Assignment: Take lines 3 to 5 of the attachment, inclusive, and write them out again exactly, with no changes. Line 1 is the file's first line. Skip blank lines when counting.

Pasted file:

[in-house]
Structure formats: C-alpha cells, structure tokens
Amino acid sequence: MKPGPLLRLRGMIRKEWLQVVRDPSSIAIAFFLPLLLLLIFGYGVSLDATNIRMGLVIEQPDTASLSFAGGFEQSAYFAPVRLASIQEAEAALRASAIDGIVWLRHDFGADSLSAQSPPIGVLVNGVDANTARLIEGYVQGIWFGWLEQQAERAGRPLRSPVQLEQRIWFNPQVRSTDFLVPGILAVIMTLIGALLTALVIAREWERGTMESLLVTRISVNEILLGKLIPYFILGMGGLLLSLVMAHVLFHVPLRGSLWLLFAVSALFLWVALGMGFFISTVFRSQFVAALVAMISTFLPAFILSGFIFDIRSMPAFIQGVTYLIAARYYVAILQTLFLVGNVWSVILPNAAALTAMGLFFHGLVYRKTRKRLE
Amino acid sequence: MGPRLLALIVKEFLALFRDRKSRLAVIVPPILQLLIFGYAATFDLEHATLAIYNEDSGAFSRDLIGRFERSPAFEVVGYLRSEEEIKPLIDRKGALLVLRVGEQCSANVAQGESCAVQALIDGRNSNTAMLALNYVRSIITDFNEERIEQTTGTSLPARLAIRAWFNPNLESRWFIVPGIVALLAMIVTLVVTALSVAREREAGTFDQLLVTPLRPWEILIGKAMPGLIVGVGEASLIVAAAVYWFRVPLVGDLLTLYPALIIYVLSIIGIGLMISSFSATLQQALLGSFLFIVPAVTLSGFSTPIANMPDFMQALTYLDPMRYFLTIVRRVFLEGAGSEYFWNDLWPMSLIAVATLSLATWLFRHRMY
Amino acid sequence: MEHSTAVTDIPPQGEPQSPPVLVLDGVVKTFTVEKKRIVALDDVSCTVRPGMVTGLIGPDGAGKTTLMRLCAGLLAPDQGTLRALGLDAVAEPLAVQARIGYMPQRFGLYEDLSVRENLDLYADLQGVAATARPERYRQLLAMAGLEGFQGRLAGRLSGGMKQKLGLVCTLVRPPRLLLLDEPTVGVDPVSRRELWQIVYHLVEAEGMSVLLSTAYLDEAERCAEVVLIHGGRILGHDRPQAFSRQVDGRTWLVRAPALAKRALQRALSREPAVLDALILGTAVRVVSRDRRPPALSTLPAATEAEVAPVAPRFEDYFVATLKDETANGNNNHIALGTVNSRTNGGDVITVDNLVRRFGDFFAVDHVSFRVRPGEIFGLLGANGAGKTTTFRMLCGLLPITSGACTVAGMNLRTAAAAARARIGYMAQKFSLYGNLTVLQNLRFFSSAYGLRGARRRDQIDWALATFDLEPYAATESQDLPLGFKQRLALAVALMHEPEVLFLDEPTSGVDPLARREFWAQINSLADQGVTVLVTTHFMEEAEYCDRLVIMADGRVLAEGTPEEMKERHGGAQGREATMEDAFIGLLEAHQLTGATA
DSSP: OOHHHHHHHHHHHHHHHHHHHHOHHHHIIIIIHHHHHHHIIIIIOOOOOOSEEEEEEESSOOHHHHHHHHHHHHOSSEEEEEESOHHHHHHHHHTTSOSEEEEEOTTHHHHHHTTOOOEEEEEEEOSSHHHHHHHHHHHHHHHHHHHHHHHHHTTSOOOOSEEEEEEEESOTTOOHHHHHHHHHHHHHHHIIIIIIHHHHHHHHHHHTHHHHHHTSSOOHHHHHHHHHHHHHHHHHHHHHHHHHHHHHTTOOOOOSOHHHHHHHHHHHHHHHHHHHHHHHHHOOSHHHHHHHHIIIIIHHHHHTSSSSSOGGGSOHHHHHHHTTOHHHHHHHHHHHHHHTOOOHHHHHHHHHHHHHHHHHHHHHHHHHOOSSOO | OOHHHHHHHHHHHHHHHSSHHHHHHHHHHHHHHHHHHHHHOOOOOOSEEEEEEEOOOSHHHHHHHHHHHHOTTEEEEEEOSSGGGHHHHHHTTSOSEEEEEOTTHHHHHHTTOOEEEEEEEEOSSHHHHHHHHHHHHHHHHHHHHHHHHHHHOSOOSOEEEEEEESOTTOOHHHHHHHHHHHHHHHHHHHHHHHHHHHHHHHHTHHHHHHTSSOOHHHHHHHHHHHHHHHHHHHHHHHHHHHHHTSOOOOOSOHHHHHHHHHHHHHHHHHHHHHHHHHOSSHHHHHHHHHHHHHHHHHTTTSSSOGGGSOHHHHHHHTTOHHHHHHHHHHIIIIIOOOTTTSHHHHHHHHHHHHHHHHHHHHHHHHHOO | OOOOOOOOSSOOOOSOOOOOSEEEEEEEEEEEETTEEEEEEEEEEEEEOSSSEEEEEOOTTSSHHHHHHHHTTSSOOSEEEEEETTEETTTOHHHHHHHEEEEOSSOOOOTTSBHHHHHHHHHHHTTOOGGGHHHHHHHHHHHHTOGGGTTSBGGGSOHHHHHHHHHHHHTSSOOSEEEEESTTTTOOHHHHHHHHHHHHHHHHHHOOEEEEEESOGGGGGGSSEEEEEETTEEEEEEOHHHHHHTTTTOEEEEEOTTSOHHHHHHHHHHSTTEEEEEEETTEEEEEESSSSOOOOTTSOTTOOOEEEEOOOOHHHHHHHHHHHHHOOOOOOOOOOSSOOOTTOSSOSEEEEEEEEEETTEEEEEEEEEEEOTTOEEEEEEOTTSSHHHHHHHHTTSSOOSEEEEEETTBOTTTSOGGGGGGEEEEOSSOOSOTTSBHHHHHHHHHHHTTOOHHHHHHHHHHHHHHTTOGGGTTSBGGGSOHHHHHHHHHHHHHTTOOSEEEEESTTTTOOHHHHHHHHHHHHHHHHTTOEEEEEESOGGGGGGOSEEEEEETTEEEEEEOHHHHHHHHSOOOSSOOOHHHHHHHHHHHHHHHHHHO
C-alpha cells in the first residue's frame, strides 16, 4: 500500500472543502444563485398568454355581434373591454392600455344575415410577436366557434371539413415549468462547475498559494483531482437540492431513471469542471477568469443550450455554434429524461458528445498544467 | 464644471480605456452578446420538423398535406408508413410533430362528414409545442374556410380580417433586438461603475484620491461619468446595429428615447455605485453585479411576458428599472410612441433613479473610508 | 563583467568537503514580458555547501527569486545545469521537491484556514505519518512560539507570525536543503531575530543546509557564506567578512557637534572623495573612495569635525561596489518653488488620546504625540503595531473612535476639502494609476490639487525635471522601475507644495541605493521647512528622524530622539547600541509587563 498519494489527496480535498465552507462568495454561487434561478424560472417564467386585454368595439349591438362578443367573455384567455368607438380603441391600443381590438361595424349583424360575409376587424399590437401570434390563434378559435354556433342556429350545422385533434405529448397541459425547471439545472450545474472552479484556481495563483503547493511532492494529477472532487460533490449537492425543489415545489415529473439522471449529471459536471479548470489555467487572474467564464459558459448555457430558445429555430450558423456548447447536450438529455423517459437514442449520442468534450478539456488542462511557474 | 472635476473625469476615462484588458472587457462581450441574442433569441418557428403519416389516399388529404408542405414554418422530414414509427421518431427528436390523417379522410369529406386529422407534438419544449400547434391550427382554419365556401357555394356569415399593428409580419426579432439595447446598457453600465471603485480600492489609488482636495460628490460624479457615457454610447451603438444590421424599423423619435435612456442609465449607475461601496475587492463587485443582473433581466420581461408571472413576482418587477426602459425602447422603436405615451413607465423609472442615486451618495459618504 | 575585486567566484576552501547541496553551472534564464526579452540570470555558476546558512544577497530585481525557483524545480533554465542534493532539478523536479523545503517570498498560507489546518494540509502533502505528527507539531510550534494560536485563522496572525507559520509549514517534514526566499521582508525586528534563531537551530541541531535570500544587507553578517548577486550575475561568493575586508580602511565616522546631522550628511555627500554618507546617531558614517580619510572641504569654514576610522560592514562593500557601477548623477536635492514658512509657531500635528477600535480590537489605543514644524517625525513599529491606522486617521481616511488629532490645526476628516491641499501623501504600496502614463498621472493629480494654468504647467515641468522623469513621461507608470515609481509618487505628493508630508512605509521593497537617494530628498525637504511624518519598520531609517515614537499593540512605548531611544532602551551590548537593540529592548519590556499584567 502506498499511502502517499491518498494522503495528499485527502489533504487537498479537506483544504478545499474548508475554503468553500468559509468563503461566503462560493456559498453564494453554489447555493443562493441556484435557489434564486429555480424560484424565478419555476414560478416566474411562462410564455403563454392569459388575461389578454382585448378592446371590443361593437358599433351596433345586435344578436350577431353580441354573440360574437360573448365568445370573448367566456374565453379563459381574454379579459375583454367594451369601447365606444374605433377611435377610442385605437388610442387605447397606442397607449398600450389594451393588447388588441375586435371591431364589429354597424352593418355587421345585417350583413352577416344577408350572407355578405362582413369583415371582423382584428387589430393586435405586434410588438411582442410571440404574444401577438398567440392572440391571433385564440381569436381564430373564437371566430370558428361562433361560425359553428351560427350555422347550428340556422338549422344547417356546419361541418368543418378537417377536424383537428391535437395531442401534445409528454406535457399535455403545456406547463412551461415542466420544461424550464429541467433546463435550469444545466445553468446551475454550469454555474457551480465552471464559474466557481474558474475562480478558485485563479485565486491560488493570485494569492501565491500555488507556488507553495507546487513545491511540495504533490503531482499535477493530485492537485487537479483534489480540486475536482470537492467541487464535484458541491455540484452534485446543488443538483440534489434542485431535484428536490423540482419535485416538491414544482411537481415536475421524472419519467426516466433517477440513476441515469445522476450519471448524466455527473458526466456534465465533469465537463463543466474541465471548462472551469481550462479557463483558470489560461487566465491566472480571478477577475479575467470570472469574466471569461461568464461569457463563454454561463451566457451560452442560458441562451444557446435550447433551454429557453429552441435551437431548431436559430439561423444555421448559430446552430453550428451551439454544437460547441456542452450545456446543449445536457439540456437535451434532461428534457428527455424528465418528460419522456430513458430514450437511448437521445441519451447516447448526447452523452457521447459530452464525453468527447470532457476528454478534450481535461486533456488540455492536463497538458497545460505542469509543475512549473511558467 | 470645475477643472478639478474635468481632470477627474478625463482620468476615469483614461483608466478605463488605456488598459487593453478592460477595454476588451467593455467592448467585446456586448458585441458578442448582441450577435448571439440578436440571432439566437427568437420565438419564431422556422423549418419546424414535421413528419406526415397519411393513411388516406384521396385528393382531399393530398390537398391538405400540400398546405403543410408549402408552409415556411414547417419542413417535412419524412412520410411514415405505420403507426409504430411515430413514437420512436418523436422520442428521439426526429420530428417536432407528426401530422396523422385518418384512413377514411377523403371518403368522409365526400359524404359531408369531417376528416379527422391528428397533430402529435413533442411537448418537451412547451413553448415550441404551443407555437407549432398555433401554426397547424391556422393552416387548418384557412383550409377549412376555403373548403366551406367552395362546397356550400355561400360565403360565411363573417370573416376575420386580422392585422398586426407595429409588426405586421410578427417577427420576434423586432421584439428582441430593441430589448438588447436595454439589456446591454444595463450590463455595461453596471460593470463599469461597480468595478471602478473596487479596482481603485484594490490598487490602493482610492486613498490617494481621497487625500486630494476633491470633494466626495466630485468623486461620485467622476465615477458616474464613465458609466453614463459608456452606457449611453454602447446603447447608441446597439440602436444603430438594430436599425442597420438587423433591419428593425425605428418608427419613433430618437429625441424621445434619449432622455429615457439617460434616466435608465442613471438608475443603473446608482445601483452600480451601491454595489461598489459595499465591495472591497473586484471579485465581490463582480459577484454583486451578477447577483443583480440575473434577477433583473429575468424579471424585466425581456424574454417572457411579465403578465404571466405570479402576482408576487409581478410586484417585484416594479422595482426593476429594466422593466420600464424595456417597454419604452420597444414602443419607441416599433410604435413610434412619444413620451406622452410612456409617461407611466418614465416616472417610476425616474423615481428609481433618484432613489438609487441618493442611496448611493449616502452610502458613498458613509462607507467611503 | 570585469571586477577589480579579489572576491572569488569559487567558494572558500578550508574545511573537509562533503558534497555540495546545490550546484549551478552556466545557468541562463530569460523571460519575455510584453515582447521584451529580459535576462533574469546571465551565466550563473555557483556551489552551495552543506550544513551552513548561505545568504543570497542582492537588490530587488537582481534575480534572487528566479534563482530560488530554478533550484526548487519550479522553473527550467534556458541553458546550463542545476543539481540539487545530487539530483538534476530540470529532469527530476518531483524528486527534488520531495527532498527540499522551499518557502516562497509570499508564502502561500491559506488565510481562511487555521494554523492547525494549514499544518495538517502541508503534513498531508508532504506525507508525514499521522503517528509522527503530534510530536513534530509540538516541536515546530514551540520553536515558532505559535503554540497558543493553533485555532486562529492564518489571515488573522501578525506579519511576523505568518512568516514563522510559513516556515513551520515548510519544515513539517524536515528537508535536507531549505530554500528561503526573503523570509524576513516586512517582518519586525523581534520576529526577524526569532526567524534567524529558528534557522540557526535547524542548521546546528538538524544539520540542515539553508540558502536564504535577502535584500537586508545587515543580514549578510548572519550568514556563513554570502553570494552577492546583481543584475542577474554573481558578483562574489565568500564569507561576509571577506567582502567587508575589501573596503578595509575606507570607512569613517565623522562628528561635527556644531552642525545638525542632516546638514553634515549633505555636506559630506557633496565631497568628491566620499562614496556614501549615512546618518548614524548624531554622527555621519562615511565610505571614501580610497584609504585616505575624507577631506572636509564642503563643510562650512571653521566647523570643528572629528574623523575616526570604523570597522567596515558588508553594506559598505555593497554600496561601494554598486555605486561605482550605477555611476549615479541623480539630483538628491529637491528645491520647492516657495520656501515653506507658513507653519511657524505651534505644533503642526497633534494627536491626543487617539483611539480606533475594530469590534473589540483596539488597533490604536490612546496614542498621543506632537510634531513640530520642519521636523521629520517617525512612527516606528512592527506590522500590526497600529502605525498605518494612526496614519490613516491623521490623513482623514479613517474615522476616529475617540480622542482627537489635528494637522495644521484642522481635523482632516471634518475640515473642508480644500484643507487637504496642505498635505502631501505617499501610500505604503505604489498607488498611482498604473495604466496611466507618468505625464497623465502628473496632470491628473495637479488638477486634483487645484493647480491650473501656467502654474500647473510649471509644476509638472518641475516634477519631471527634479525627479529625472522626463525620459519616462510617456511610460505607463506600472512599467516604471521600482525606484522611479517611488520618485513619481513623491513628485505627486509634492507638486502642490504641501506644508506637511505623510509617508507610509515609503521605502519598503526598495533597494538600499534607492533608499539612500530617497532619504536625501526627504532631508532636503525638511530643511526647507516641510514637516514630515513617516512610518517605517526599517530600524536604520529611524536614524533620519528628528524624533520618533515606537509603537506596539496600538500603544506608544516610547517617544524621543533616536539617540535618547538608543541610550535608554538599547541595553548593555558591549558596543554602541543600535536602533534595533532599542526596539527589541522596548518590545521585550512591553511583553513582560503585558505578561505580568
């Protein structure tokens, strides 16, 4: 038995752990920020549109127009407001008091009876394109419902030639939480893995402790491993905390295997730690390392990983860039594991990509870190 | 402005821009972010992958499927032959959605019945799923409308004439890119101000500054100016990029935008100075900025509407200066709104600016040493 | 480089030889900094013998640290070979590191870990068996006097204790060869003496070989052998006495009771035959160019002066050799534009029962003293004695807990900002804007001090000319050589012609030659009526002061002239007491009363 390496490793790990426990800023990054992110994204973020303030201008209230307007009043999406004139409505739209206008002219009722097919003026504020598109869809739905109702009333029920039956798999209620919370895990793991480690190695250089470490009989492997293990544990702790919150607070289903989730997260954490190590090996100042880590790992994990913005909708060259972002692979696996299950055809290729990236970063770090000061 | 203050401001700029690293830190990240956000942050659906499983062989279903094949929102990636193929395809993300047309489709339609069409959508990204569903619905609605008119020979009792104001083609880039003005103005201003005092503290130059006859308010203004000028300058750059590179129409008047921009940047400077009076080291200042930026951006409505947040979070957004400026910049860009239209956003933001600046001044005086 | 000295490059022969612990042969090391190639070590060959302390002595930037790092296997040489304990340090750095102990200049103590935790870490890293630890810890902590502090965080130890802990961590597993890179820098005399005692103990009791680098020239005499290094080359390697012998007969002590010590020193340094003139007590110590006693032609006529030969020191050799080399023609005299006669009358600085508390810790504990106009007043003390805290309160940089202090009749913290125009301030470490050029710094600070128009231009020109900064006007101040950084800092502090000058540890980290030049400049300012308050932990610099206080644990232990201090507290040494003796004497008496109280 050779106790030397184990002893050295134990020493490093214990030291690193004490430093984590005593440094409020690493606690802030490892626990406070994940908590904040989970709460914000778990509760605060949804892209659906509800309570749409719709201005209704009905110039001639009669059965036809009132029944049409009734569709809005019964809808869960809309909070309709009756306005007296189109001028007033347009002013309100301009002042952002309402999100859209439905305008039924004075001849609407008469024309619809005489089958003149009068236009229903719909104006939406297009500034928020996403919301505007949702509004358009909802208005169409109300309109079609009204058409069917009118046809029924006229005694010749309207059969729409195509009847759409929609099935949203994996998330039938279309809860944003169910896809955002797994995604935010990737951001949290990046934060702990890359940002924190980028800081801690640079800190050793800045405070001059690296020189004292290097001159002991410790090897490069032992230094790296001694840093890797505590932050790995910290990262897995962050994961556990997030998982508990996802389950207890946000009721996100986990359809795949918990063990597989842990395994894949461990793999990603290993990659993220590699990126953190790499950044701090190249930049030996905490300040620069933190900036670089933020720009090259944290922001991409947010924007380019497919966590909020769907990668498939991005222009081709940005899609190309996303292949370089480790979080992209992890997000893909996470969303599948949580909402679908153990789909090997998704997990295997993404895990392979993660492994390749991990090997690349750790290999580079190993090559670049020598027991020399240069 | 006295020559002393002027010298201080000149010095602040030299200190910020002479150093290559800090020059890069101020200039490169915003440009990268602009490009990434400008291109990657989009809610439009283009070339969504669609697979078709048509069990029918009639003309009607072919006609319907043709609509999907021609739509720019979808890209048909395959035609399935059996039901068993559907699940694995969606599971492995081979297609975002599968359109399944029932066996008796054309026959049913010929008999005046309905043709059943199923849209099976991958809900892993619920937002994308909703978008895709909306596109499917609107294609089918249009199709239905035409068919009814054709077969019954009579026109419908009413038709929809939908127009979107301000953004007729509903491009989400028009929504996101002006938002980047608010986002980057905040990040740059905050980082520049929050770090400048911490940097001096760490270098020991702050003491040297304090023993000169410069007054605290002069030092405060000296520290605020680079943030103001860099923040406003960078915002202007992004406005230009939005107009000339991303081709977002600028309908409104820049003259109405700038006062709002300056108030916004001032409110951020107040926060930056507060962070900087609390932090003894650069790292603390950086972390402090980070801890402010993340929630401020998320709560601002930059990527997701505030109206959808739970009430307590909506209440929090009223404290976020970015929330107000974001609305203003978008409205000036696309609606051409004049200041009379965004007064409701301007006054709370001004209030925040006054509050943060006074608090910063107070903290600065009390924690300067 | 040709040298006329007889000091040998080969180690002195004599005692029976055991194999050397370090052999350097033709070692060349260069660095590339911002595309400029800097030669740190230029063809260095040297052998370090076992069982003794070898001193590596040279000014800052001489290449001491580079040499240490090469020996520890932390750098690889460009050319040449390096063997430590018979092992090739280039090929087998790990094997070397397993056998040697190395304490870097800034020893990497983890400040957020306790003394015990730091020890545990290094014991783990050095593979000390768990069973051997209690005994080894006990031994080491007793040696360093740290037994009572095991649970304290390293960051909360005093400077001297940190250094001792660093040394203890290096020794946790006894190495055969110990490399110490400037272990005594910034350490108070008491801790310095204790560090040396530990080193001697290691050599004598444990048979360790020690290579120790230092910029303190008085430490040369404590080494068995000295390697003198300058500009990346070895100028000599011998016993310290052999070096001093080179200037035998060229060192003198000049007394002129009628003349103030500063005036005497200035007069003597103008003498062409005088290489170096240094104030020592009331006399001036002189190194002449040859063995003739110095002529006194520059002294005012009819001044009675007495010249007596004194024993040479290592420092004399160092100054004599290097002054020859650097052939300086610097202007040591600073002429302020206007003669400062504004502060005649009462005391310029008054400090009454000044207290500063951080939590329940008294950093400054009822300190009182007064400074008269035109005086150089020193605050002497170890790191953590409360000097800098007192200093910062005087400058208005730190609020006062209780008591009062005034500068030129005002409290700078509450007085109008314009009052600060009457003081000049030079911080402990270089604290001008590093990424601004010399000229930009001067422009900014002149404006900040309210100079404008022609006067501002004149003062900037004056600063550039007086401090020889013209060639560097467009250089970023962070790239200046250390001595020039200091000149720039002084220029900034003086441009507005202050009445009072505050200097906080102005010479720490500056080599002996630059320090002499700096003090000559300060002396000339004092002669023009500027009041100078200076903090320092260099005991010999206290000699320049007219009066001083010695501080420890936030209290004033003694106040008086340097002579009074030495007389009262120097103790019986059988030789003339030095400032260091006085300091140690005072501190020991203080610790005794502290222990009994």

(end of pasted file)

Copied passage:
Amino acid sequence: MKPGPLLRLRGMIRKEWLQVVRDPSSIAIAFFLPLLLLLIFGYGVSLDATNIRMGLVIEQPDTASLSFAGGFEQSAYFAPVRLASIQEAEAALRASAIDGIVWLRHDFGADSLSAQSPPIGVLVNGVDANTARLIEGYVQGIWFGWLEQQAERAGRPLRSPVQLEQRIWFNPQVRSTDFLVPGILAVIMTLIGALLTALVIAREWERGTMESLLVTRISVNEILLGKLIPYFILGMGGLLLSLVMAHVLFHVPLRGSLWLLFAVSALFLWVALGMGFFISTVFRSQFVAALVAMISTFLPAFILSGFIFDIRSMPAFIQGVTYLIAARYYVAILQTLFLVGNVWSVILPNAAALTAMGLFFHGLVYRKTRKRLE
Amino acid sequence: MGPRLLALIVKEFLALFRDRKSRLAVIVPPILQLLIFGYAATFDLEHATLAIYNEDSGAFSRDLIGRFERSPAFEVVGYLRSEEEIKPLIDRKGALLVLRVGEQCSANVAQGESCAVQALIDGRNSNTAMLALNYVRSIITDFNEERIEQTTGTSLPARLAIRAWFNPNLESRWFIVPGIVALLAMIVTLVVTALSVAREREAGTFDQLLVTPLRPWEILIGKAMPGLIVGVGEASLIVAAAVYWFRVPLVGDLLTLYPALIIYVLSIIGIGLMISSFSATLQQALLGSFLFIVPAVTLSGFSTPIANMPDFMQALTYLDPMRYFLTIVRRVFLEGAGSEYFWNDLWPMSLIAVATLSLATWLFRHRMY
Amino acid sequence: MEHSTAVTDIPPQGEPQSPPVLVLDGVVKTFTVEKKRIVALDDVSCTVRPGMVTGLIGPDGAGKTTLMRLCAGLLAPDQGTLRALGLDAVAEPLAVQARIGYMPQRFGLYEDLSVRENLDLYADLQGVAATARPERYRQLLAMAGLEGFQGRLAGRLSGGMKQKLGLVCTLVRPPRLLLLDEPTVGVDPVSRRELWQIVYHLVEAEGMSVLLSTAYLDEAERCAEVVLIHGGRILGHDRPQAFSRQVDGRTWLVRAPALAKRALQRALSREPAVLDALILGTAVRVVSRDRRPPALSTLPAATEAEVAPVAPRFEDYFVATLKDETANGNNNHIALGTVNSRTNGGDVITVDNLVRRFGDFFAVDHVSFRVRPGEIFGLLGANGAGKTTTFRMLCGLLPITSGACTVAGMNLRTAAAAARARIGYMAQKFSLYGNLTVLQNLRFFSSAYGLRGARRRDQIDWALATFDLEPYAATESQDLPLGFKQRLALAVALMHEPEVLFLDEPTSGVDPLARREFWAQINSLADQGVTVLVTTHFMEEAEYCDRLVIMADGRVLAEGTPEEMKERHGGAQGREATMEDAFIGLLEAHQLTGATA